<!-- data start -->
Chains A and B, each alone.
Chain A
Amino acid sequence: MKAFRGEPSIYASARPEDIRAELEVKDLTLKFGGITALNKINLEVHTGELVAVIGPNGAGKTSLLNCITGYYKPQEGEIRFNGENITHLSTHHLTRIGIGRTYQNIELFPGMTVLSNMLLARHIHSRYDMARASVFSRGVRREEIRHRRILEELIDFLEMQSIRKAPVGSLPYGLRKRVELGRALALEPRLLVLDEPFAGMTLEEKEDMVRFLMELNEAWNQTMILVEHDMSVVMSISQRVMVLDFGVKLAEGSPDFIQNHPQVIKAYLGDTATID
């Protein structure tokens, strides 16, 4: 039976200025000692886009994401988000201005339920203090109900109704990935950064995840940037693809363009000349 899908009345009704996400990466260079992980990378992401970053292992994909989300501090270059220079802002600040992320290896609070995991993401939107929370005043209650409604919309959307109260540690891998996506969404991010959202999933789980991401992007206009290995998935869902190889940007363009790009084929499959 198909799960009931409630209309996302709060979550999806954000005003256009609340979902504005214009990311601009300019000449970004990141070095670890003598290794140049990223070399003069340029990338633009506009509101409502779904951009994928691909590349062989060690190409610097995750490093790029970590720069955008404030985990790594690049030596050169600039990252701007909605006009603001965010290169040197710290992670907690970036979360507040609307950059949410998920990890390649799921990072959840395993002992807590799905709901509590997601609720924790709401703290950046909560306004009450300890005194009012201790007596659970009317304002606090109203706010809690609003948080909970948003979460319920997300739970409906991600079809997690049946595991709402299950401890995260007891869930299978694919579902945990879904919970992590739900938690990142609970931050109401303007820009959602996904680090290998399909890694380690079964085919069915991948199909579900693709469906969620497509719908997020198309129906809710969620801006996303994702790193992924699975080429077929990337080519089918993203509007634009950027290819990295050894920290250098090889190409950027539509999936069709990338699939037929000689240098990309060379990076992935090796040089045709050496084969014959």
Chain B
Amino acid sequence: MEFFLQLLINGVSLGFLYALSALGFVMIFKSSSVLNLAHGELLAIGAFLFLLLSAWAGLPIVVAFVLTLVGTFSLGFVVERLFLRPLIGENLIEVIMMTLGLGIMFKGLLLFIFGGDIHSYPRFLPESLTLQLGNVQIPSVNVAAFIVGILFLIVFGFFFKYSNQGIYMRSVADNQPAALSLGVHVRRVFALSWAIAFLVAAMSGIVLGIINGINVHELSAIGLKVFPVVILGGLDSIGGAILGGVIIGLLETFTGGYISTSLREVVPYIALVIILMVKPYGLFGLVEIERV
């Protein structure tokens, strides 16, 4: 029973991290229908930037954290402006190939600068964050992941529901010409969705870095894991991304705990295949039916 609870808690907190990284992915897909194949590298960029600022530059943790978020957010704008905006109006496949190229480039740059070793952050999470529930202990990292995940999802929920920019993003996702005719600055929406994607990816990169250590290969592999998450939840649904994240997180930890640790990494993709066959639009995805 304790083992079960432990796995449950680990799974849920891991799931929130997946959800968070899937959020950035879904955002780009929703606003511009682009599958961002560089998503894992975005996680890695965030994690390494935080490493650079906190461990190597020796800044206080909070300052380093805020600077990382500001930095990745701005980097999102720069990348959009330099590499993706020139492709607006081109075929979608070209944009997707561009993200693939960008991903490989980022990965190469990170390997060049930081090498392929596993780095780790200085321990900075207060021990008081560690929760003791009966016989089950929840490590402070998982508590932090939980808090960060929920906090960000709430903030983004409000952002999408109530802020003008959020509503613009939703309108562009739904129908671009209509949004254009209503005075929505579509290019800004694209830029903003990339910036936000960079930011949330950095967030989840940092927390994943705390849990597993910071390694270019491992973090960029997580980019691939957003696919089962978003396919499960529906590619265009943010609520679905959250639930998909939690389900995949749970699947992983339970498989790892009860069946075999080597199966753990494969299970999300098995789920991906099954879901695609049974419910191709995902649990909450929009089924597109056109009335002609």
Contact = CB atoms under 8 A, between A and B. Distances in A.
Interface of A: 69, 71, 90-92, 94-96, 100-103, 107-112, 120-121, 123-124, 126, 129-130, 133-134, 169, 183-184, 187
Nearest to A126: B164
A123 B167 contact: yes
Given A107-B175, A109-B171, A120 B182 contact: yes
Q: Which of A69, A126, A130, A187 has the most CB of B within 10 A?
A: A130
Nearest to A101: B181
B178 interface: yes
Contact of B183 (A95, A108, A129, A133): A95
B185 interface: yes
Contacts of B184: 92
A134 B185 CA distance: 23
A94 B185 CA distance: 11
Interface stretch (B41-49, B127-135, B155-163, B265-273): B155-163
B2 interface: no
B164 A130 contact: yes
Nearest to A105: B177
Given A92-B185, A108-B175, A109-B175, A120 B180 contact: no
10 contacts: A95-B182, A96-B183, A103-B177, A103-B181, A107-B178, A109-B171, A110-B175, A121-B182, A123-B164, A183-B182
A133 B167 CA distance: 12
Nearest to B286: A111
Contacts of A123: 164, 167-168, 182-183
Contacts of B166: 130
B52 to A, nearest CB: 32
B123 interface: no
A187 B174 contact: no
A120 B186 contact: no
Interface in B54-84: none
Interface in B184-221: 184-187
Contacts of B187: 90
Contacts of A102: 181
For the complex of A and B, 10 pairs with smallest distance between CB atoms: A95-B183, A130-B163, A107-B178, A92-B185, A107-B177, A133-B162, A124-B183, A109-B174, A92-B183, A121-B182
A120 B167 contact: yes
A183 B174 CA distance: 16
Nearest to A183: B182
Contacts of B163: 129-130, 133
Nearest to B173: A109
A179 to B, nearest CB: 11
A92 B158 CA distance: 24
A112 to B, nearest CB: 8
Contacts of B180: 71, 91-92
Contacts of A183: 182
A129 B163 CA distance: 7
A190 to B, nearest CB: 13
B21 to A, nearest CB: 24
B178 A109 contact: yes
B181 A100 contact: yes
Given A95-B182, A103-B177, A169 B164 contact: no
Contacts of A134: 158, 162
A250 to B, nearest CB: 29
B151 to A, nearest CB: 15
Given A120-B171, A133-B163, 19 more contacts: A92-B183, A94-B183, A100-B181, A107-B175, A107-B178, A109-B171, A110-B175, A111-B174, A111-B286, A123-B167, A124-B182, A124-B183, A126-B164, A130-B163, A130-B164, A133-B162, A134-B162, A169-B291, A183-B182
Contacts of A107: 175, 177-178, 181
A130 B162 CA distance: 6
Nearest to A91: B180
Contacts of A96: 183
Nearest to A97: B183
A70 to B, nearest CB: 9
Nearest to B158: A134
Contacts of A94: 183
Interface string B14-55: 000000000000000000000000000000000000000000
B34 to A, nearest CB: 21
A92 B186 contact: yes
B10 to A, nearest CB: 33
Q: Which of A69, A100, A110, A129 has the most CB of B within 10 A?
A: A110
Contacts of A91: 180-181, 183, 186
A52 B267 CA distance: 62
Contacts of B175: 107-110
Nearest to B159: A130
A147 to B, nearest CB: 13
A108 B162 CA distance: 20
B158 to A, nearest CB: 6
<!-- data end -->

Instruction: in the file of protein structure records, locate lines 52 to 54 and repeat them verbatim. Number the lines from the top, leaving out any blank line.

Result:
A190 to B, nearest CB: 13
B21 to A, nearest CB: 24
B178 A109 contact: yes